New EBCM’s … below is a list of part #s. Check with
Fred Beans for actual price & availability ($650 to $1000)

Part Number: 10343433 All 2003-2004
Part Number: 12216561 All 2001-2002
Part Number: 9367071 All 1999-2000 w/o Control Active Brakes


An alternative to buying a new one is to have your original rebuilt.

For EBCM repair/replace
Call Brandon
877-648-7530 at ABS FIXER
or: www.absfixer.com
$150. plus UPS....warranted as long as you own it

OR…. get a REBUILT EBCM from these folks:

http://stores.shop.ebay.com/Digital-...Homepage.html_
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Old 10-28-2009, 04:52 PM
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Originally Posted by 5.0_CJ View Post
Something important to note though, the lights DO appear to come on when I hit a bump or something jars the car.
Wheel sensor harness

Pull the codes, I bet you're losing the signal from a wheel.
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Old 10-28-2009, 08:52 PM
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Originally Posted by wcsinx View Post
Wheel sensor harness

Pull the codes, I bet you're losing the signal from a wheel.
You're correct, one of my wheel sensors has had a code for some time now... I hadn't realized that causes the entire system to completely die. Wow, I'm surprised. I guarantee you this is probably the issue. Is it usually a harness, or could it be the wheel sensor itself? common problem?

Last edited by 5.0_CJ; 10-28-2009 at 09:04 PM.
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Old 10-29-2009, 02:17 AM
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Originally Posted by 5.0_CJ View Post
You're correct, one of my wheel sensors has had a code for some time now... I hadn't realized that causes the entire system to completely die. Wow, I'm surprised. I guarantee you this is probably the issue. Is it usually a harness, or could it be the wheel sensor itself? common problem?
I have had the same issue for a couple of years too and i can't get it figured out. I am getting code 1225 and this is after i had replaced the harness from the body to the wheel speed sensor and replaced the wheel speed sensor itself.

There is a way to reset the abs while driving, but i can't remember what it is....maybe hold options and hit fuel 4 times?
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Old 10-29-2009, 08:16 AM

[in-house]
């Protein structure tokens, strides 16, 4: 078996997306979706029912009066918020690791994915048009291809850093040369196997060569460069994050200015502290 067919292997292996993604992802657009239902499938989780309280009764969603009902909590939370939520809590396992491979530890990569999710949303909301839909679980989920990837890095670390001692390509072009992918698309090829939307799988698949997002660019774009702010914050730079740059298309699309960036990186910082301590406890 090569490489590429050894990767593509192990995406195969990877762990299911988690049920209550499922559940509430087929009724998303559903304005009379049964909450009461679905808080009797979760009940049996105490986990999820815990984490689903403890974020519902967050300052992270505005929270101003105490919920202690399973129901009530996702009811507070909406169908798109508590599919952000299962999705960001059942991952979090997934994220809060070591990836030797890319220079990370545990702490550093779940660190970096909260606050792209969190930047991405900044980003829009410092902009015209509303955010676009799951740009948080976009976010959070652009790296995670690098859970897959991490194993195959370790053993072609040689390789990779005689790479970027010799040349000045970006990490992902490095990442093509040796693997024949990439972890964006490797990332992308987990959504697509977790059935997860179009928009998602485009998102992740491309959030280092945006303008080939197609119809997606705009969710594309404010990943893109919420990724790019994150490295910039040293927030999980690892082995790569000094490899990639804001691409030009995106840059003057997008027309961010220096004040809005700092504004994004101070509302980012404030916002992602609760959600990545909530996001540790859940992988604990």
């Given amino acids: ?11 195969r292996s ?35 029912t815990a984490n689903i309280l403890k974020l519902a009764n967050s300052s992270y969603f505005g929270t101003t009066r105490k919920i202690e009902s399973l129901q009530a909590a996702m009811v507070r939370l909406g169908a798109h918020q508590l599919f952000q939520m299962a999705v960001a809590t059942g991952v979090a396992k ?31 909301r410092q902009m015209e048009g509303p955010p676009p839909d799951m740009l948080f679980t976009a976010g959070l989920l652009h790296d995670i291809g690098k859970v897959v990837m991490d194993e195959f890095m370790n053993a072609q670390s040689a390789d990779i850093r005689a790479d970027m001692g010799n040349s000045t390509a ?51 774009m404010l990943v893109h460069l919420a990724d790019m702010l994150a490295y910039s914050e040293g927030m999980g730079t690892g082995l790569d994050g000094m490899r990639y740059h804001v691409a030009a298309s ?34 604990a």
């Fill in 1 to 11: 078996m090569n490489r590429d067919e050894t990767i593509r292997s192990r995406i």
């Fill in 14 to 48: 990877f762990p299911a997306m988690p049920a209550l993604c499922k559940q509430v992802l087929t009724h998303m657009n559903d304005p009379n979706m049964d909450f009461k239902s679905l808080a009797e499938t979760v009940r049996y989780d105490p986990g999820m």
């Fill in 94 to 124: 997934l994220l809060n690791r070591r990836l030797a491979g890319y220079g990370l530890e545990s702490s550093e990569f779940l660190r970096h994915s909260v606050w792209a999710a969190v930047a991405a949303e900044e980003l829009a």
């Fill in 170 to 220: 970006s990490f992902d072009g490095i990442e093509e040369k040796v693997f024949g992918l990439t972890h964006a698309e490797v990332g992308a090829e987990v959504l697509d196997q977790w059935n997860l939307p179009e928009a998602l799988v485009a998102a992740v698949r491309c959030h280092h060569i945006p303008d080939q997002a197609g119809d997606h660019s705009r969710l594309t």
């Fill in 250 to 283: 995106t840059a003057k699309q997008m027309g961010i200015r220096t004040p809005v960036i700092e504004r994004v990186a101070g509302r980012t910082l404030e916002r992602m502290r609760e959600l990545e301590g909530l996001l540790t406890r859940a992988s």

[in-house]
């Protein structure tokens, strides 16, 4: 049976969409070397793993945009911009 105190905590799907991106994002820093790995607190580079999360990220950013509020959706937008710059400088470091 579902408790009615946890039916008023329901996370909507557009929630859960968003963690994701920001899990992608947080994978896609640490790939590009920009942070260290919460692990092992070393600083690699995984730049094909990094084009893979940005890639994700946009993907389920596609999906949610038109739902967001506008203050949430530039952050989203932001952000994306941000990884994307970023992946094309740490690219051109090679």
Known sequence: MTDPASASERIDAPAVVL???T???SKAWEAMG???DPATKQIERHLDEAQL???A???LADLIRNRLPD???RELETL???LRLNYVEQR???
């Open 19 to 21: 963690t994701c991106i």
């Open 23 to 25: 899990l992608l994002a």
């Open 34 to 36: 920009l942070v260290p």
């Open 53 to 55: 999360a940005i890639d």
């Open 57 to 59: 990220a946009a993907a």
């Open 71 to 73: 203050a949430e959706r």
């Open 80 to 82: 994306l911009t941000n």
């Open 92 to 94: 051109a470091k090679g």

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Default wheel speed sensors

Wheel Speed Sensors
any Code C1221 thru 1228 indicate that one of the wheel speed sensors is either sending a bad signal or no signal. Start by checking the connections. The wheel speed sensors are integrated into the wheel bearing/hub assembly. The wire coming out of the back is the connection for the wheel speed sensors. Verify that the connector are not broken, damaged, or corroded in any way. Pay particular attention to the female end.

The wire coming out of the wheel speed sensor connects to and 18" jumper harness, then to the main harness. It is very common for people to have a weak female pin in one of those connections. If all of that checks out good, swap the jumper harness from side to side. For example if the left front is bad, swap it over to the right front. And install the good one from the right front to the left
side. Then clear the trouble code. If the trouble code is now on the right side, you know the wire harness is the problem. If the code is still on the left side after swapping the jumper harnesses, you know the problem is inside the wheel speed sensors.
If all the wires check out good, it's time to take a trip to Auto Zone for a new set of bearings. You can buy replacement AC Delco bearing from your dealer if you want to, or get the exact same bearing in a different box for half the price (~$150) from Auto Zone, you decide. The bearings should be replaced in axel sets, so if your left front is bad, you have to replace the right front too. While you’re at it, this is a good time to upgrade the lug studs and add spindle ducts.
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Old 10-29-2009, 08:45 AM
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Originally Posted by 5.0_CJ View Post
You're correct, one of my wheel sensors has had a code for some time now... I hadn't realized that causes the entire system to completely die. Wow, I'm surprised. I guarantee you this is probably the issue. Is it usually a harness, or could it be the wheel sensor itself? common problem?
Yep, if the ABS/TC system loses the speed signal from a wheel it shuts completely down. It could also be the sensor itself, but the way you describe losing ABS/TC corresponding with bumps would point to the wiring harness. Yes, this is a very common problem.